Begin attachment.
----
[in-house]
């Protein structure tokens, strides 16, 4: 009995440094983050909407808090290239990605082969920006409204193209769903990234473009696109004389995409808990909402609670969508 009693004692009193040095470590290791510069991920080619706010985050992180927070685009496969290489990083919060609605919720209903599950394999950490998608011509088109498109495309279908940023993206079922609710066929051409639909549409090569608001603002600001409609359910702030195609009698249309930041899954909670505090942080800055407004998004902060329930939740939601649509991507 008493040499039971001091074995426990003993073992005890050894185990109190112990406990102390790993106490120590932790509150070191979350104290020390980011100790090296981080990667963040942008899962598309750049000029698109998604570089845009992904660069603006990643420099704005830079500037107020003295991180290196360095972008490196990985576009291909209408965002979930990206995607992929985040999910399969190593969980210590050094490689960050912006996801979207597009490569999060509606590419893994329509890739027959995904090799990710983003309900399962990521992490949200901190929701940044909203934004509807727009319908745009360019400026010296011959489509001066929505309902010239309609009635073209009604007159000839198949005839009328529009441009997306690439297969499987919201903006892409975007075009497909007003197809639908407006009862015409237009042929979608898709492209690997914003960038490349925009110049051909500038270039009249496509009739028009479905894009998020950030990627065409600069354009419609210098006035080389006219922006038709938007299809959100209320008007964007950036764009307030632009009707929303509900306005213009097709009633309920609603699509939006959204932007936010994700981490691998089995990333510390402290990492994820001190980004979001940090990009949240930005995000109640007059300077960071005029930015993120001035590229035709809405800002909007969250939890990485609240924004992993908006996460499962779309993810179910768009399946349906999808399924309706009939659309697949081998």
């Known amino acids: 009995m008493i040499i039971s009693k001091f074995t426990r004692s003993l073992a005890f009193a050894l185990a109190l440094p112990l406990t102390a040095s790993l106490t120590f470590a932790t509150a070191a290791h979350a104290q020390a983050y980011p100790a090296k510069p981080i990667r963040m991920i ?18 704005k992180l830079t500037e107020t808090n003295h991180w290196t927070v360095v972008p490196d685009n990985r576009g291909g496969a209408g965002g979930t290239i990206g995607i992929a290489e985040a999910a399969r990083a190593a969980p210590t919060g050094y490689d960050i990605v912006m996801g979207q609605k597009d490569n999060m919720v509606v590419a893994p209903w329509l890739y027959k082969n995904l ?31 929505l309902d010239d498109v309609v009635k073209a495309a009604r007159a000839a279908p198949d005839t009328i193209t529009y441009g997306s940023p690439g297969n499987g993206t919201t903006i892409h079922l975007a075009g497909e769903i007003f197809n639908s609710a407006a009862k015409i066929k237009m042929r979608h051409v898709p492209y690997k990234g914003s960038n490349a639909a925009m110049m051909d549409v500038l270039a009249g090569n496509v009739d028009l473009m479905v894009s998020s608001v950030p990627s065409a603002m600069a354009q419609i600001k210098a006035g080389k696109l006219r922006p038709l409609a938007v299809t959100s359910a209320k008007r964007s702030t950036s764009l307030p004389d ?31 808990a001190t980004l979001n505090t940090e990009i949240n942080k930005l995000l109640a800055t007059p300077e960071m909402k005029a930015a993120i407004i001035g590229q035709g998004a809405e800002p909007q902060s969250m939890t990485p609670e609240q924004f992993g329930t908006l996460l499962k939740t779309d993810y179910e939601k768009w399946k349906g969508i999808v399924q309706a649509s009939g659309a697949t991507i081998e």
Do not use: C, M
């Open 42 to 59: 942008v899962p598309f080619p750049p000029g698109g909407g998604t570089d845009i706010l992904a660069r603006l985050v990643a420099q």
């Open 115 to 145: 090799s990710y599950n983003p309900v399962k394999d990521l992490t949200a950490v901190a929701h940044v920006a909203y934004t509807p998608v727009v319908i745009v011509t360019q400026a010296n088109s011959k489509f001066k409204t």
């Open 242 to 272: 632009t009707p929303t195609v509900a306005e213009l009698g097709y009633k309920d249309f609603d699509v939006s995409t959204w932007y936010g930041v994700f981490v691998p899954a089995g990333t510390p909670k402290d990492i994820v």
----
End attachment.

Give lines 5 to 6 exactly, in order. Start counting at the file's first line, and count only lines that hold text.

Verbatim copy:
């Open 42 to 59: 942008v899962p598309f080619p750049p000029g698109g909407g998604t570089d845009i706010l992904a660069r603006l985050v990643a420099q």
């Open 115 to 145: 090799s990710y599950n983003p309900v399962k394999d990521l992490t949200a950490v901190a929701h940044v920006a909203y934004t509807p998608v727009v319908i745009v011509t360019q400026a010296n088109s011959k489509f001066k409204t």